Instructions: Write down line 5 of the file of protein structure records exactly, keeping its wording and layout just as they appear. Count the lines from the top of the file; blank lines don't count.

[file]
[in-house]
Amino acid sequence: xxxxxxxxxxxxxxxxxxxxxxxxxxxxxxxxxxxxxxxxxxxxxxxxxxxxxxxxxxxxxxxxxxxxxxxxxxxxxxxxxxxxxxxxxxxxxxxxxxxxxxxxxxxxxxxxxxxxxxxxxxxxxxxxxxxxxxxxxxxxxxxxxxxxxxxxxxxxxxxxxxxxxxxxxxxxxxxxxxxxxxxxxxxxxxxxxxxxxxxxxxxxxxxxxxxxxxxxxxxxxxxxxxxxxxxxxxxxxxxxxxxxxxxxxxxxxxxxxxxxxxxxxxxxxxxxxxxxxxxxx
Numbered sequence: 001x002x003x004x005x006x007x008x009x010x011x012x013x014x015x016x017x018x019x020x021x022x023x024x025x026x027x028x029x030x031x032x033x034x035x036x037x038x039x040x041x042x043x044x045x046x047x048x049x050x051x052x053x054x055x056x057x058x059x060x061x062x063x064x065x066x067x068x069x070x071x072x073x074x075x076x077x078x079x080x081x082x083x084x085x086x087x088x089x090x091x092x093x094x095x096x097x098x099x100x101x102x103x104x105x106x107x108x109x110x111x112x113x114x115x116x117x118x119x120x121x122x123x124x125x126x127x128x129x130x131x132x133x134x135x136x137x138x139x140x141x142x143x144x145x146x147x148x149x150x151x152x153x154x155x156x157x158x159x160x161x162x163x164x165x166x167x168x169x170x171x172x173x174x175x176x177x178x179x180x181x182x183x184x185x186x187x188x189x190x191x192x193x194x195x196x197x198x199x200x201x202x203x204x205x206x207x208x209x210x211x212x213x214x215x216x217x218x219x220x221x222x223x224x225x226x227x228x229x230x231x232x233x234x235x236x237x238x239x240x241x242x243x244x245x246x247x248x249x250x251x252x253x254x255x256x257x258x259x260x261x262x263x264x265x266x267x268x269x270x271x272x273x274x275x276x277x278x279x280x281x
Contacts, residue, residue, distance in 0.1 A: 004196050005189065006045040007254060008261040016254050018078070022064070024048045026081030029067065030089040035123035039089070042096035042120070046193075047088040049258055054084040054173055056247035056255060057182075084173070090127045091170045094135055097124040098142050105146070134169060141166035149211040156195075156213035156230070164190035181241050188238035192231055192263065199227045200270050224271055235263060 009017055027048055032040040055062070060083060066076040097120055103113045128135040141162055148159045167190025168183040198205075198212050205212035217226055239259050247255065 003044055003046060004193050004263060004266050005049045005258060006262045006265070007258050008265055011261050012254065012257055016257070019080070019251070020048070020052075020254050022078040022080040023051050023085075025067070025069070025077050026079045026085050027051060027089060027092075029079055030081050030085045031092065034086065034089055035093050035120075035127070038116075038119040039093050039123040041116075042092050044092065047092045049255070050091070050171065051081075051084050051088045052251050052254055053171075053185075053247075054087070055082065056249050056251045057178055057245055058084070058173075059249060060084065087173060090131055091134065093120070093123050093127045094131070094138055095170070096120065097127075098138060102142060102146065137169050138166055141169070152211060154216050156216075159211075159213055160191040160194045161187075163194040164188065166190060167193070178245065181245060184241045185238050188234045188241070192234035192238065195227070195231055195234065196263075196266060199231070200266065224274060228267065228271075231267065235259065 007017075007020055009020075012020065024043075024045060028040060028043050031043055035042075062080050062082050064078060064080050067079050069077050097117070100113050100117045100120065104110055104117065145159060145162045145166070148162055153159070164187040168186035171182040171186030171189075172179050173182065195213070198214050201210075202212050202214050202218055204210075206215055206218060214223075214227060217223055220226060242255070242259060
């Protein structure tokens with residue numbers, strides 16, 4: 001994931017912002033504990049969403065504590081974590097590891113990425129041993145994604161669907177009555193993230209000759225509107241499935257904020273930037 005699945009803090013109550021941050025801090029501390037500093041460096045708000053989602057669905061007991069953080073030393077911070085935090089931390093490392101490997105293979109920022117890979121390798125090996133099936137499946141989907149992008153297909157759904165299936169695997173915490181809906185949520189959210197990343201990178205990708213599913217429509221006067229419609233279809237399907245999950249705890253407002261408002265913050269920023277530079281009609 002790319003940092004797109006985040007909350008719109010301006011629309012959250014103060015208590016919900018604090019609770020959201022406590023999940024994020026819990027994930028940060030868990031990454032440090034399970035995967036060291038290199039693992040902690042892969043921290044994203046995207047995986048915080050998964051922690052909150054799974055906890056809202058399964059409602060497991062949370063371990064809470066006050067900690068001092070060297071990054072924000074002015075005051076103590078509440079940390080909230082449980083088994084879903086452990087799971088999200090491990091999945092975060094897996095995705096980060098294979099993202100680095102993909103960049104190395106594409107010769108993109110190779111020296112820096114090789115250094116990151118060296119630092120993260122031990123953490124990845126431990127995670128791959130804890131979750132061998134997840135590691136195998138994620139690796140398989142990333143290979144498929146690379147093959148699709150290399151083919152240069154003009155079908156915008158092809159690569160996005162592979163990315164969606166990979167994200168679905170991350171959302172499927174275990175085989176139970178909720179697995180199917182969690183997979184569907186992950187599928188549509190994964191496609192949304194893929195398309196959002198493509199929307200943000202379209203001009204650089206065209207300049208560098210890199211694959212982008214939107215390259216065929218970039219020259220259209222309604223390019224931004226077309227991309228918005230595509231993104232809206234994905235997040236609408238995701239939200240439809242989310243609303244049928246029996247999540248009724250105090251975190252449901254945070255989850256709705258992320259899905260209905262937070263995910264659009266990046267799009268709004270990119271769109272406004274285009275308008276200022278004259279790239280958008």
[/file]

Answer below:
């Protein structure tokens with residue numbers, strides 16, 4: 001994931017912002033504990049969403065504590081974590097590891113990425129041993145994604161669907177009555193993230209000759225509107241499935257904020273930037 005699945009803090013109550021941050025801090029501390037500093041460096045708000053989602057669905061007991069953080073030393077911070085935090089931390093490392101490997105293979109920022117890979121390798125090996133099936137499946141989907149992008153297909157759904165299936169695997173915490181809906185949520189959210197990343201990178205990708213599913217429509221006067229419609233279809237399907245999950249705890253407002261408002265913050269920023277530079281009609 002790319003940092004797109006985040007909350008719109010301006011629309012959250014103060015208590016919900018604090019609770020959201022406590023999940024994020026819990027994930028940060030868990031990454032440090034399970035995967036060291038290199039693992040902690042892969043921290044994203046995207047995986048915080050998964051922690052909150054799974055906890056809202058399964059409602060497991062949370063371990064809470066006050067900690068001092070060297071990054072924000074002015075005051076103590078509440079940390080909230082449980083088994084879903086452990087799971088999200090491990091999945092975060094897996095995705096980060098294979099993202100680095102993909103960049104190395106594409107010769108993109110190779111020296112820096114090789115250094116990151118060296119630092120993260122031990123953490124990845126431990127995670128791959130804890131979750132061998134997840135590691136195998138994620139690796140398989142990333143290979144498929146690379147093959148699709150290399151083919152240069154003009155079908156915008158092809159690569160996005162592979163990315164969606166990979167994200168679905170991350171959302172499927174275990175085989176139970178909720179697995180199917182969690183997979184569907186992950187599928188549509190994964191496609192949304194893929195398309196959002198493509199929307200943000202379209203001009204650089206065209207300049208560098210890199211694959212982008214939107215390259216065929218970039219020259220259209222309604223390019224931004226077309227991309228918005230595509231993104232809206234994905235997040236609408238995701239939200240439809242989310243609303244049928246029996247999540248009724250105090251975190252449901254945070255989850256709705258992320259899905260209905262937070263995910264659009266990046267799009268709004270990119271769109272406004274285009275308008276200022278004259279790239280958008």